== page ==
He may be glorified as our Healer, if that’s God’s will at this time. But He can also be glorified as our Sustainer and our Protector and our Provider, and ultimately as our eternal Savior. We and others will get a chance to know Jesus more intimately.
That’s the attitude the Apostle Paul expressed in Philippians 1:21—For to me to live is Christ, and to die is gain.
He’s saying, all this is worth it because I will get to see Jesus more clearly. Later in Philippians 3:10 he expresses it like this: [I want to] know him and the power of his resurrection. [I want to] share his sufferings, becoming like him in his death
Again, he’s saying: the pain is worth it, if it means I and others get to see Jesus more clearly. If God is glorified, then I will endure this.
It’s like Romans 8:18, which many of you know—For I consider that the sufferings of this present time are not worth comparing with the glory that is to be revealed to us.
Or verse 28—We know that for those who love God all things work together for good, for those who are called according to his purpose.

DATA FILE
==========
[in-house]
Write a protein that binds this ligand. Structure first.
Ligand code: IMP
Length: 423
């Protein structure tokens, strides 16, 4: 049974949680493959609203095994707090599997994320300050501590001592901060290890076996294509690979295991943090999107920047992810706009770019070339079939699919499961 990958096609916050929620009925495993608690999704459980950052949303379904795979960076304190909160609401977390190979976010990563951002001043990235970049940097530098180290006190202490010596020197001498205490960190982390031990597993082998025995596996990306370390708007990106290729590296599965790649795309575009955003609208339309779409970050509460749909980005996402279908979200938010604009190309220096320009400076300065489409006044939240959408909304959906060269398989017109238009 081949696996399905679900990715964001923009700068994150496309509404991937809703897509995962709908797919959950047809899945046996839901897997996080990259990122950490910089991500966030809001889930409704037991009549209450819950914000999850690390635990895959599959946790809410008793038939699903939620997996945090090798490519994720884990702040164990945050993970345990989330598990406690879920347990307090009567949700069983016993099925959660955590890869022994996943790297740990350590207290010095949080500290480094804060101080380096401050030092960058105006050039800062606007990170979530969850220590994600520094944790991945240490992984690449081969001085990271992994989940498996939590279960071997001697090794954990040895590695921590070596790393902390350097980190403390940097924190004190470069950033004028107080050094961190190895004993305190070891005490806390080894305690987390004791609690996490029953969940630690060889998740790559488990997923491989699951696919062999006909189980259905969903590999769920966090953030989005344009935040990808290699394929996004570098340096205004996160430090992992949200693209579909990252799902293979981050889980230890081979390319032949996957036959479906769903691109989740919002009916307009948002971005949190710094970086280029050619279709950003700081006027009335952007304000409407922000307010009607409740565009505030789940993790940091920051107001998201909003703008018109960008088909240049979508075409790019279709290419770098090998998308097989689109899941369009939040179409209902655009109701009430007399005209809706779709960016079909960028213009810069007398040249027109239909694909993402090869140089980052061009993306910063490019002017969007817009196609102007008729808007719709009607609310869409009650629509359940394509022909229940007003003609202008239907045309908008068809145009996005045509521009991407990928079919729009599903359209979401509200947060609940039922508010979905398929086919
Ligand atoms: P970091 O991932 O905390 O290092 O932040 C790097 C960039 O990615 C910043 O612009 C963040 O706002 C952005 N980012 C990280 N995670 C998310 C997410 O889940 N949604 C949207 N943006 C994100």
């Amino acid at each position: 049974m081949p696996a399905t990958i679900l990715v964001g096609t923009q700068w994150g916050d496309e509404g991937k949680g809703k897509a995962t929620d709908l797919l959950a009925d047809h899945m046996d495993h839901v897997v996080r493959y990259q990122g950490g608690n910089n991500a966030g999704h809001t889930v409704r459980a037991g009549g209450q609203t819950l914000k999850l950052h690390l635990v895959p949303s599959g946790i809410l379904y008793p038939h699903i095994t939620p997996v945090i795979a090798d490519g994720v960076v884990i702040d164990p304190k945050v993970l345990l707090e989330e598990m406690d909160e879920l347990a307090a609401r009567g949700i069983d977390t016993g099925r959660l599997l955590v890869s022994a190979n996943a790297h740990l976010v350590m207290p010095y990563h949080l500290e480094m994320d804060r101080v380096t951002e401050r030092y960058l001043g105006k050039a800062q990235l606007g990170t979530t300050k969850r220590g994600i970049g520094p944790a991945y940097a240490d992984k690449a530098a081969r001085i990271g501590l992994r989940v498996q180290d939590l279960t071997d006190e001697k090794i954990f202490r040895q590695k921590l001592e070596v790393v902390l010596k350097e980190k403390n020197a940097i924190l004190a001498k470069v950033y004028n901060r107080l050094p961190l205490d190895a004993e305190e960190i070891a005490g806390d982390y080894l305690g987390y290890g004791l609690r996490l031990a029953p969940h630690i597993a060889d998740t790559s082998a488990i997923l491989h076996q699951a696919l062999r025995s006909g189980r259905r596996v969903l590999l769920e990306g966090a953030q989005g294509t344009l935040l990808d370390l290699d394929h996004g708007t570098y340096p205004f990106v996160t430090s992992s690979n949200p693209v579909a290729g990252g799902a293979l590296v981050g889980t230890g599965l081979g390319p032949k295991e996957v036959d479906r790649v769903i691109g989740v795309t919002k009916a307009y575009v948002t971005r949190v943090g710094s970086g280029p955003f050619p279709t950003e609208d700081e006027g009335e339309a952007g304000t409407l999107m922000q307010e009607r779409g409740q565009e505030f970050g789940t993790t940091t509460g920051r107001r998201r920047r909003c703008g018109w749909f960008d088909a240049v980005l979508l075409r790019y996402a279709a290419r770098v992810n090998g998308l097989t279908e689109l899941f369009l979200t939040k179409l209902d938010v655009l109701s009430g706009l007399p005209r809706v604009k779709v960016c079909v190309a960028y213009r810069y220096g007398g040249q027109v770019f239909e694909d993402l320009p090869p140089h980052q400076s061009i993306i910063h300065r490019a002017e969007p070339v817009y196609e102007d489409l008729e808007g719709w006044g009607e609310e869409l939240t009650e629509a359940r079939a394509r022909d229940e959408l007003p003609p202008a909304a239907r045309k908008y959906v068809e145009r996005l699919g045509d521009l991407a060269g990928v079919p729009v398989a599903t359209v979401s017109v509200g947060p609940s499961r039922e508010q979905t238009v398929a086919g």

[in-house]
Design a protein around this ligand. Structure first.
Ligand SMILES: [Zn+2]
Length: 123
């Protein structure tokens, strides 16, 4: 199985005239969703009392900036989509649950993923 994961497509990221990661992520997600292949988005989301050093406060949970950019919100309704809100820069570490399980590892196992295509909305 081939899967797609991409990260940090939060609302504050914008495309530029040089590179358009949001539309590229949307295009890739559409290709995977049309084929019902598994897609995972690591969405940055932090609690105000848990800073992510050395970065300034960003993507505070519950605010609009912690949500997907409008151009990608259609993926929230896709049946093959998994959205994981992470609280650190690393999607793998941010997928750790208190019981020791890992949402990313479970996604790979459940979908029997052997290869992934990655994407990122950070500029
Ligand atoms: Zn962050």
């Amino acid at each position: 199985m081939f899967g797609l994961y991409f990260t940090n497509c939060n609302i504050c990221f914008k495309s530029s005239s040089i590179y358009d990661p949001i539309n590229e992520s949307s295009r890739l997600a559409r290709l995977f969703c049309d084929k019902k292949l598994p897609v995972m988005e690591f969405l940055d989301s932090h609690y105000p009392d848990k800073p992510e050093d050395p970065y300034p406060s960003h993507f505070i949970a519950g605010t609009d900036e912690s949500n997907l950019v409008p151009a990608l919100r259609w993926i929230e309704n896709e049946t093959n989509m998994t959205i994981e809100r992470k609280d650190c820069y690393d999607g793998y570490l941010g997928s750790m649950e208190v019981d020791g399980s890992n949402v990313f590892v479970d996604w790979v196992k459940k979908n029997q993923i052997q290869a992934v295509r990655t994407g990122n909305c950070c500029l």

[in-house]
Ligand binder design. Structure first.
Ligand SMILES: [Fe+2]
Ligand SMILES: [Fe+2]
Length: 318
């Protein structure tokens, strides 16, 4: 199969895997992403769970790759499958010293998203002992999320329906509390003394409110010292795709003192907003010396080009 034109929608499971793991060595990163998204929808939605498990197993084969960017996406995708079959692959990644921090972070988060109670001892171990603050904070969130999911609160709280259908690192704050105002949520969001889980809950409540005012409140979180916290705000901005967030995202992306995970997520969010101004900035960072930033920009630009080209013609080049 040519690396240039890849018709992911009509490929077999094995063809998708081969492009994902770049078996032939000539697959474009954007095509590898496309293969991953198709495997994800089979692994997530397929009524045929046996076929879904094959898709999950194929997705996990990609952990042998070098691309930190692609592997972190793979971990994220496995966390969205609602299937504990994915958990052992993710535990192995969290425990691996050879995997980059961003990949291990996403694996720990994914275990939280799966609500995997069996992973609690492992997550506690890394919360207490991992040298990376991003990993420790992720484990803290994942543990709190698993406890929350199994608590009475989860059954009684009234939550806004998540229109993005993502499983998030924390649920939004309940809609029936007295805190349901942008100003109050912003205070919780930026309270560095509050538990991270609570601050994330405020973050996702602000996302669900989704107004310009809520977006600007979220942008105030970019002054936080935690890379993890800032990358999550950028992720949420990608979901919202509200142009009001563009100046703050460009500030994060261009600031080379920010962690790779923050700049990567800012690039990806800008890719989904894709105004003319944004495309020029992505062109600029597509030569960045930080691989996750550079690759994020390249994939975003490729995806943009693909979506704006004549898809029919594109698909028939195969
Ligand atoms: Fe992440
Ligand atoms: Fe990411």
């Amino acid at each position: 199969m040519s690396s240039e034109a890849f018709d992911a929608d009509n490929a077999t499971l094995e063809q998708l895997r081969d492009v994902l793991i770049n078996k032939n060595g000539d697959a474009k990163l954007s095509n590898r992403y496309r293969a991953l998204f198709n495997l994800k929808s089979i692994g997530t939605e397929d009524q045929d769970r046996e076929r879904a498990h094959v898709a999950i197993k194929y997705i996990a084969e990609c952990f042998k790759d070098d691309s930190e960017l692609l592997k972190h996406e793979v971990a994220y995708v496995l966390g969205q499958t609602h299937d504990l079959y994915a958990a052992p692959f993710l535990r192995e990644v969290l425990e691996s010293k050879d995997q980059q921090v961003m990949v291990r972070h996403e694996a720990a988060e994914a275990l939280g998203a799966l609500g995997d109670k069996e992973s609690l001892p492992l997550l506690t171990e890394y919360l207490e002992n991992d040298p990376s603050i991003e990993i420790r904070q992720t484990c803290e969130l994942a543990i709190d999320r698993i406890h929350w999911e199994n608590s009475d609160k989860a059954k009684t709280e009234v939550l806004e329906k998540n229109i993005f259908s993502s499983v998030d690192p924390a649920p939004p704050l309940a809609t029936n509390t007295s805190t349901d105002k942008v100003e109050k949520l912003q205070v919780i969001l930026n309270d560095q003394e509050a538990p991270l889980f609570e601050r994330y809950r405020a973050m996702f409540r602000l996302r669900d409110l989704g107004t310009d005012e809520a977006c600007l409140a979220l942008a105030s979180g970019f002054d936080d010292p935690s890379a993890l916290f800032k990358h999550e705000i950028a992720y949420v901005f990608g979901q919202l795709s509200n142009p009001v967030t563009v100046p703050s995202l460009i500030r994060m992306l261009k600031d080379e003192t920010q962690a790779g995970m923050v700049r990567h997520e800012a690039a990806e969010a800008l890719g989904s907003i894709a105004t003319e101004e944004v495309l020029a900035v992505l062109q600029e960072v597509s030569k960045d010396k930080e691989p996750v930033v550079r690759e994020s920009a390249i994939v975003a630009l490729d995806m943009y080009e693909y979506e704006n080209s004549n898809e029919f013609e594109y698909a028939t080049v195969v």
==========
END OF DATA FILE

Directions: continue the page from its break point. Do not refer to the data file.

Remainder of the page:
And God’s purpose is to conform us to the image of His Son. To help us see and express the glory of God.
That’s Christ’s encouragement for those who came to Him. “This will all work out for the better because I will be glorified.” Jesus knows that. He knows it.
Jesus identifies with our pain. And He promises us that our pain has a purpose. It is for the glory of God, which is why we exist.
Now, if we understand that, then the second half of today’s story won’t be so shocking. Remember, part 1 was “Jesus knows.” Part 2 is “Jesus delays.” Jesus delays.
Let’s continue the story in verses 5 and 6—Now Jesus loved Martha and her sister and Lazarus. So, when he heard that Lazarus was ill, he stayed two days longer in the place where he was.
John keeps underlining the fact that Jesus loves this family. He loves them. And so we can’t let what is happening to Lazarus cause us to doubt that. And we can’t let anything that happens to us in this life make us doubt Christ’s love for us either. That needs to be fixed in our minds.